Sign In / Sign Out
- ASU Home
- My ASU
- Colleges and Schools
- Map and Locations
Borders and identity aren’t fixed concepts to an artist — they’re fluid notions that change with time. A prominent playwright and author who is spending this academic year at Arizona State University is examining how art can unlock these perceptions.
Virginia Grise is one of three Projecting All Voices postgraduate fellows for 2018–19 in the Herberger Institute of Design and the Arts. Now in its second year, the program brings designers and artists from diverse communities to ASU to work on projects that investigate cultural heritage, power, race, policy, ability and place.
“I’m really interested right now as an artist in the question of what art does,” said Grise, who is based in New York.
“What are its possibilities and what does it allow us to imagine? I feel like Phoenix is a place I can ask these questions.”
Grise is the author of “Your Healing is Killing Me,” a performance manifesto, and the play “Blu,” which explores the effects of incarceration on a family.
The other two Projecting All Voices fellows this year are Marguerite Hemmings, a New York-based dancer and teacher who specializes in street styles, social dances, hip hop and dancehall, and Carolina Aranibar-Fernandez, a Bolivian visual artist who combines traditional processes such as weaving and ceramics with video and sound.
Grise is not only working on a project for the Projecting All Voices initiative, she’s also involved with Performance in the Borderlands, a programming and educational program in the School of Film, Dance and Theater. She’ll have two public events Oct. 8–9.
Grise answered some questions from ASU Now.
Question: You’re doing a workshop and a reading of “Your Healing is Killing Me.” What is that about?
Answer: It’s a performance manifesto about the artistic and political process. It initially was an invitation by Tiffany Lopez, who is now director of the School of Film, Dance and Theatre but at the time was at the University of California, Riverside, where she had a very innovative program that paired humanities scholars with people in the medical field.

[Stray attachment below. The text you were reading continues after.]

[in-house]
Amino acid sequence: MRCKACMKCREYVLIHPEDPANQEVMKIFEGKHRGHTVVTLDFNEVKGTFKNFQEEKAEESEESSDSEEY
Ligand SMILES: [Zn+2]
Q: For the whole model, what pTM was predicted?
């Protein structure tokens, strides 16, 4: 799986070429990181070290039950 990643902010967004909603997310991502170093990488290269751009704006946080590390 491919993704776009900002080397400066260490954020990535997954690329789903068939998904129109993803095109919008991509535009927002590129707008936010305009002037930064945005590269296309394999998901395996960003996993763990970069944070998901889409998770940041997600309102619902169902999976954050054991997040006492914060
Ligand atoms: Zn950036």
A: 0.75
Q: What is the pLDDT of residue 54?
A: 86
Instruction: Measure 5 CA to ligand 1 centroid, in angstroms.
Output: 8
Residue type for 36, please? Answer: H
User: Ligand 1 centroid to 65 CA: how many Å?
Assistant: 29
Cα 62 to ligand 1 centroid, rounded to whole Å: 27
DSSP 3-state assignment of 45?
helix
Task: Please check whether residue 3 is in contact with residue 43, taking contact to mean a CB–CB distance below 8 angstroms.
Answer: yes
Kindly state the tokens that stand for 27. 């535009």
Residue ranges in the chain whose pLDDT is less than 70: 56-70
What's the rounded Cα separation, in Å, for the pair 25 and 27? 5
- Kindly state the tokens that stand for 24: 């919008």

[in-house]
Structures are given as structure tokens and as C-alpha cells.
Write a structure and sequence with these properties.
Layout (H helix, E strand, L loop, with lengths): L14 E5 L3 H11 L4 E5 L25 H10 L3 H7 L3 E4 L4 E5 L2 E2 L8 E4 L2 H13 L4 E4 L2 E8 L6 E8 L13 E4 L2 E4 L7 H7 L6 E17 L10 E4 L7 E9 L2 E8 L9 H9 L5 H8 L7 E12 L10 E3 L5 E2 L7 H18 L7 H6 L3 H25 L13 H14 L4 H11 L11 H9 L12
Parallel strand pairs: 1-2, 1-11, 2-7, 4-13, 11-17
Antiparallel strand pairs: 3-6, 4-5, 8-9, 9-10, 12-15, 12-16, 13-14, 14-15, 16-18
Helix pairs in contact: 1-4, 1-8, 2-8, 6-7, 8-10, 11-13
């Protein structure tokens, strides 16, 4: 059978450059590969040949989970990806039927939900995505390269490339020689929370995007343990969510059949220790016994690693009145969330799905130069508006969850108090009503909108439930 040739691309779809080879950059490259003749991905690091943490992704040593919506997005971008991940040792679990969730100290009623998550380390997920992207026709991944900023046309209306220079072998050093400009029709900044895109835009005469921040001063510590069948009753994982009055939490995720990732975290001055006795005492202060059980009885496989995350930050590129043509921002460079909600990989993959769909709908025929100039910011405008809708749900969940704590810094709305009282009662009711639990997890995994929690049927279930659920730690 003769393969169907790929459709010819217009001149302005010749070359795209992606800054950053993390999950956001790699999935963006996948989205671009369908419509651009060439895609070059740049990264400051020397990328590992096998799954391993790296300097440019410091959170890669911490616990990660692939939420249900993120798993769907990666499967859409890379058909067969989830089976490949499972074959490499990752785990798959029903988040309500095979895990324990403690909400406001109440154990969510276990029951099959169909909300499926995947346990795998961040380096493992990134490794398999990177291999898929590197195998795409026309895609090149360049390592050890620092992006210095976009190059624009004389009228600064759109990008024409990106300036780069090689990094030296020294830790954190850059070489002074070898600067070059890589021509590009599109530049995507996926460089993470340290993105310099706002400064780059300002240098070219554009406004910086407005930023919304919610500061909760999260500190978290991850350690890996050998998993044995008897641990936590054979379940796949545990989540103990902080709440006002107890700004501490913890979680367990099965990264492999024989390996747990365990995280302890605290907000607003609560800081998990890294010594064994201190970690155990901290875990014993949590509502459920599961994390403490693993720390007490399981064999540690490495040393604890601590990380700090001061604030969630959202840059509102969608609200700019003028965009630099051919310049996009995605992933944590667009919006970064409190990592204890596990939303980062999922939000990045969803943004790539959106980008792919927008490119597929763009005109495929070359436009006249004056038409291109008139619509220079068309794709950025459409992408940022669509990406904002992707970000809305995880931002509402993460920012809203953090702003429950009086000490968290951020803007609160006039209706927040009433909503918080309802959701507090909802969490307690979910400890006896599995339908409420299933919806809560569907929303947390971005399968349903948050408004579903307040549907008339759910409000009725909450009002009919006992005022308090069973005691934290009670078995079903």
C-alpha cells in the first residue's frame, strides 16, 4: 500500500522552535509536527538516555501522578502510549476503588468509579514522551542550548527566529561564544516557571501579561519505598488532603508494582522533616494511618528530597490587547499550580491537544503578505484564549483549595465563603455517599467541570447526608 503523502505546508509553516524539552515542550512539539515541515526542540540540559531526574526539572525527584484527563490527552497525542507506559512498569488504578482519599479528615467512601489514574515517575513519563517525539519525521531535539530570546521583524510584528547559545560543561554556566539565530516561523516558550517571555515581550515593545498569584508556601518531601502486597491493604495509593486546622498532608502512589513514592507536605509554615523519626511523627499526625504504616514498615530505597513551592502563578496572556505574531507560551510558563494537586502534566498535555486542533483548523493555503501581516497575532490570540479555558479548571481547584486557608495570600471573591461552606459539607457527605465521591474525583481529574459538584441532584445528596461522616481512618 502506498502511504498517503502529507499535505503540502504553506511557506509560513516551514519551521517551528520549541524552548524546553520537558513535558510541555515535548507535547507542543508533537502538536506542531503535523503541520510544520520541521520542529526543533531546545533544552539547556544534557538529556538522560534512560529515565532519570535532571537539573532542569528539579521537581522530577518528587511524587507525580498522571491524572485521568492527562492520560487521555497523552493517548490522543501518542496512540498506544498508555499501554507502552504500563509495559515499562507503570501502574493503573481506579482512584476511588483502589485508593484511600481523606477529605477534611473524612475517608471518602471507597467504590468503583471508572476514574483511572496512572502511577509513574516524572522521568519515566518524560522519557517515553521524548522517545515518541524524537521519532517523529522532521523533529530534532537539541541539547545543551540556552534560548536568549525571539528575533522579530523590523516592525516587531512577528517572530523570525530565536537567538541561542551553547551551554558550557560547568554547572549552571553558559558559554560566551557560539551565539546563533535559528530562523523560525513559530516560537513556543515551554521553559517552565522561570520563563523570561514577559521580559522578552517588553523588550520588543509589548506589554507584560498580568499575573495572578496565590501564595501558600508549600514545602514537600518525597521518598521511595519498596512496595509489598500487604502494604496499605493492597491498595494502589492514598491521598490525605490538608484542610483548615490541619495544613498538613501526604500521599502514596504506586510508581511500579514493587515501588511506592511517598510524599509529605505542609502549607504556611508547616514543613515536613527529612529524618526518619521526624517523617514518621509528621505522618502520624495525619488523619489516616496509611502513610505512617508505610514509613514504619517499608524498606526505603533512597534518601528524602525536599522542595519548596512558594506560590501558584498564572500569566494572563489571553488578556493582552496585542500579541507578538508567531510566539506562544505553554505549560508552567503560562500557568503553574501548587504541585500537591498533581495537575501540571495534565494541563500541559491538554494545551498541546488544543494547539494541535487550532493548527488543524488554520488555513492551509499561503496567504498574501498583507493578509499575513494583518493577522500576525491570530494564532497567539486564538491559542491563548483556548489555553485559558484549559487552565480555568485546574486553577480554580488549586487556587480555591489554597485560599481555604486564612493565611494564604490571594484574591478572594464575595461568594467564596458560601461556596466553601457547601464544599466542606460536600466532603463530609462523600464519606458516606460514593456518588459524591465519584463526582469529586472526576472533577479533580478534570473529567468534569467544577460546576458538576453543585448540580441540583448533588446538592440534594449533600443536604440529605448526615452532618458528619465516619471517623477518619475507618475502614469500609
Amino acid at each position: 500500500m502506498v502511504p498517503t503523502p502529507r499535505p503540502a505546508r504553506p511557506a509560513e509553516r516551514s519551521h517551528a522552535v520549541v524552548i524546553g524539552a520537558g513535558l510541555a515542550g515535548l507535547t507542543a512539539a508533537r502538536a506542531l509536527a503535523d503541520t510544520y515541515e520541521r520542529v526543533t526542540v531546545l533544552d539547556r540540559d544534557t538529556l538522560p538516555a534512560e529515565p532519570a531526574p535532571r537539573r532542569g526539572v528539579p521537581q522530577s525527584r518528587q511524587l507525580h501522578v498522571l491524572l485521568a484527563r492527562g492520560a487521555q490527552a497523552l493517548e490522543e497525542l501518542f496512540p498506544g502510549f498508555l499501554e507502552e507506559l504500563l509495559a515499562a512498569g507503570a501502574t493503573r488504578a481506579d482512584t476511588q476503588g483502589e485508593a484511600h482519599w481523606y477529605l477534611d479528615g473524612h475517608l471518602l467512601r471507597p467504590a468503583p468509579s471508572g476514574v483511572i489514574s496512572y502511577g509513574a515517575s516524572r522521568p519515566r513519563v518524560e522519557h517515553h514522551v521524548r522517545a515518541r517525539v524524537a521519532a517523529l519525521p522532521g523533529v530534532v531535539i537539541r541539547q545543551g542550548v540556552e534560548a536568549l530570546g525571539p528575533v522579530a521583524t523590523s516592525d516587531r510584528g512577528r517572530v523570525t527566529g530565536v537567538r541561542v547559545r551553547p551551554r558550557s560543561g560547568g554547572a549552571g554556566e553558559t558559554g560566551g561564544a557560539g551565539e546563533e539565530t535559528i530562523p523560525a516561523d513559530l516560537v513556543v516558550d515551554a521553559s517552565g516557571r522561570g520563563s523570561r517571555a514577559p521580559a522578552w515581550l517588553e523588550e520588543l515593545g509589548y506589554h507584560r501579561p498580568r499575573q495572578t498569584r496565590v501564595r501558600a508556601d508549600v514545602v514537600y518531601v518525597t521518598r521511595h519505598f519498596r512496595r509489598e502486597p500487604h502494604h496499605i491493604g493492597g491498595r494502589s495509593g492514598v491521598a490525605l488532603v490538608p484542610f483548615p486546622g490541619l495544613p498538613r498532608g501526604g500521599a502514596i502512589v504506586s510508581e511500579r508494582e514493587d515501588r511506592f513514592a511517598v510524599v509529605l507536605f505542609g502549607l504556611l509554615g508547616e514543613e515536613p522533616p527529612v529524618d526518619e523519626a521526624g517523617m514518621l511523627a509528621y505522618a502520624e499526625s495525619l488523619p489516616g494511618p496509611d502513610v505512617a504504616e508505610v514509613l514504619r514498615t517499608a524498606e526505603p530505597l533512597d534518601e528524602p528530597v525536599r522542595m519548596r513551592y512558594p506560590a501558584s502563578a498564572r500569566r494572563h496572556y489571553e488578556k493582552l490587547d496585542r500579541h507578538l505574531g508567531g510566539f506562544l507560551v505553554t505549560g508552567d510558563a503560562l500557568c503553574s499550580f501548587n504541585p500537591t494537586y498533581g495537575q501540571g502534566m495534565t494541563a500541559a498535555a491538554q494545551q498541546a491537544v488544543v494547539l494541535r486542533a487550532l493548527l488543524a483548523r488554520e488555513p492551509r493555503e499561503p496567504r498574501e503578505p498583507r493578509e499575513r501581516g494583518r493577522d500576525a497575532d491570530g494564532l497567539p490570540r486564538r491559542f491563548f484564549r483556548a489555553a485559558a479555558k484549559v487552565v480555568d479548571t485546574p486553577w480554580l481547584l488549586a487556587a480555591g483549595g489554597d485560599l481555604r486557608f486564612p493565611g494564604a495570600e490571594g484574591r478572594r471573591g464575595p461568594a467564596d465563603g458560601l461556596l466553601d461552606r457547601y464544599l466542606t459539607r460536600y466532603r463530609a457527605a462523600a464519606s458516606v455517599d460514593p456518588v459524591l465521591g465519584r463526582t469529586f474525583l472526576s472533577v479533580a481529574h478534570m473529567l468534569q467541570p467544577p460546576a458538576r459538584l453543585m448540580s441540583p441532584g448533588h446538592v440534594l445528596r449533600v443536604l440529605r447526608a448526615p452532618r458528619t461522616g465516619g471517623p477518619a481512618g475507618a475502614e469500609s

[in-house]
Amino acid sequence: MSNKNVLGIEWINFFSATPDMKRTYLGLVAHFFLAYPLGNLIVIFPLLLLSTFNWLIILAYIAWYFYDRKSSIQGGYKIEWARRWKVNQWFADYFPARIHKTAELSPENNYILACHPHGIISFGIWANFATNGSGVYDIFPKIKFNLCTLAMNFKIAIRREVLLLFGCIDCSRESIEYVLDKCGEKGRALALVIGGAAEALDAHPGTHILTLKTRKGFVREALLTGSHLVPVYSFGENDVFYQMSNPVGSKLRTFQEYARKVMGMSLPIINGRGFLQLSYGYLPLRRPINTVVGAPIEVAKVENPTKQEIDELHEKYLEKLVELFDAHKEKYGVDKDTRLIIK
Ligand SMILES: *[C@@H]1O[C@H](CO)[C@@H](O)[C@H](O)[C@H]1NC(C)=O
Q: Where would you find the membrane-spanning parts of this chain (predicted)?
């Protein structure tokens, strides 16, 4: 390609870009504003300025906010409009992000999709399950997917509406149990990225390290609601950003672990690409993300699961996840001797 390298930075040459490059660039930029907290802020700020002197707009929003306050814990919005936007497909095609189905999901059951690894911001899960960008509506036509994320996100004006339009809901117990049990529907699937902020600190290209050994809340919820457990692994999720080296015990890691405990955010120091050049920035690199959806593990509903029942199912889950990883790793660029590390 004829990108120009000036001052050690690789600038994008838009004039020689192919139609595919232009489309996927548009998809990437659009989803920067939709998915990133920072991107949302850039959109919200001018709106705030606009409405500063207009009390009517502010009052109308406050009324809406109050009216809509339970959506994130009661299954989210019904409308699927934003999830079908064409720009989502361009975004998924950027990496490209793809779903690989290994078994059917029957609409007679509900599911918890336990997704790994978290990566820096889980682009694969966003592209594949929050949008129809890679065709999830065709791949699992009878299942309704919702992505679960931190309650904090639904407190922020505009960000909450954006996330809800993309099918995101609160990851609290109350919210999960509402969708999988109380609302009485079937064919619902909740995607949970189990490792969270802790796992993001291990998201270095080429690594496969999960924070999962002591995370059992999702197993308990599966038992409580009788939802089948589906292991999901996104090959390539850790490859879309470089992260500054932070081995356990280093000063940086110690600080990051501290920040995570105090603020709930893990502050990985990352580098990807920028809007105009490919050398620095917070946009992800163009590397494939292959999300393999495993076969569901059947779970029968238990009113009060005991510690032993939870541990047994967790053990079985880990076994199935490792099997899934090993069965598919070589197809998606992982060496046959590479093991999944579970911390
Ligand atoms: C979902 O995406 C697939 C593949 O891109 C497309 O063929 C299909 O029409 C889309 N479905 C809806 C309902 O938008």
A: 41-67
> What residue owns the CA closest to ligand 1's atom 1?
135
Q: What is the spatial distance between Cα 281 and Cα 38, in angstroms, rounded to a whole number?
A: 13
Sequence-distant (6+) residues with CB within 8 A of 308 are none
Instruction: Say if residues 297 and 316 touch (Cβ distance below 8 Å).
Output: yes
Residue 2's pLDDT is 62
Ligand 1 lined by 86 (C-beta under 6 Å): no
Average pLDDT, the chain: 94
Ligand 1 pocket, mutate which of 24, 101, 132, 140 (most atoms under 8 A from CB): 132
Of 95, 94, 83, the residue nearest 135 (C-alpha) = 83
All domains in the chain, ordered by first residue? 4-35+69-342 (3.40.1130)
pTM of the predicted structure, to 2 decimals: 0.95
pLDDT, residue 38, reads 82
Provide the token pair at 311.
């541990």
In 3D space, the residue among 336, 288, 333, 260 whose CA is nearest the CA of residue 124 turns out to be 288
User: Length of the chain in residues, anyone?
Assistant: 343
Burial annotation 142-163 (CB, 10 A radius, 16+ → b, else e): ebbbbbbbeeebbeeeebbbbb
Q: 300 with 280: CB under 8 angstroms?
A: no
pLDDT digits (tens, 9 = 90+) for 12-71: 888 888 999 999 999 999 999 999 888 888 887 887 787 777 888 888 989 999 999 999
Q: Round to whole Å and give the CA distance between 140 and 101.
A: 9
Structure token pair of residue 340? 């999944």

I was asked to talk about the process of ethnography because I’ve done documentary theater, but instead I wanted to talk about my own relationship to health and the medical field. It was part performance, part lecture and part writing workshop. I began with a list of everything that was killing me and I asked people in the audience to write a list of everything that was killing them. That was the beginning of what then became the performance manifesto.
At the workshop on Monday, I’m leading a session called "This Is a Manifesto." We’ll talk about manifesto writing and proclamations and public declarations and people will write their own manifestos.
Q: Why should people write their own manifesto?
A: One of the things I’m interested in in the writing of the manifestos is this question of freedom. What does it mean for people to be free? And what do we need to be free? The word manifesto is from "manifest.’ What is they want to manifest in the world?
Last year I began doing the writing workshops and I was also in a process of taking a writing workshop with a young actor named Manny Rivera in New York. We began with the Combahee River Collective Statement, which was a very important manifesto written in the 1970s by a group of African-American women. There’s a quote from it: “If black women were free, it would mean that everyone else would have to be free since our freedom would necessitate the destruction of all the systems of oppression."
Q: What are you working on through the Projecting All Voices fellowship?
A: I’ve been working on the staging of an adaptation of a novel called “Their Dogs Came With Them” by a woman named Helena Maria Viramontes. It’s a collaboration with Martha Gonzalez, who is doing the music for the adaptation and I’m doing the script.
We’re staging it at Perryville Women’s Prison with 15 women actors. It’s a concert version of the novel, which I’ve never done before but I’ve done workshops in prisons before.
Q: What do the women at Perryville bring to the project?
A: The piece is about displacement and we’re in a collaborative conversation about how that affects us as a community. It’s a dynamic conversation that’s ongoing. We’re workshopping it now and in the spring we’ll stage it.
Grise will hold a sold-out writing workshop called “This Is a Manifesto” at 6:30 p.m. Monday, Oct. 8, at Palabras Bilingual Bookstore, 1738 E. McDowell Road, Phoenix, and a book reading and signing at 7 p.m. Tuesday, Oct. 9, at Valley Bar, 130 N. Central Ave., Phoenix.
Top image by Pixabay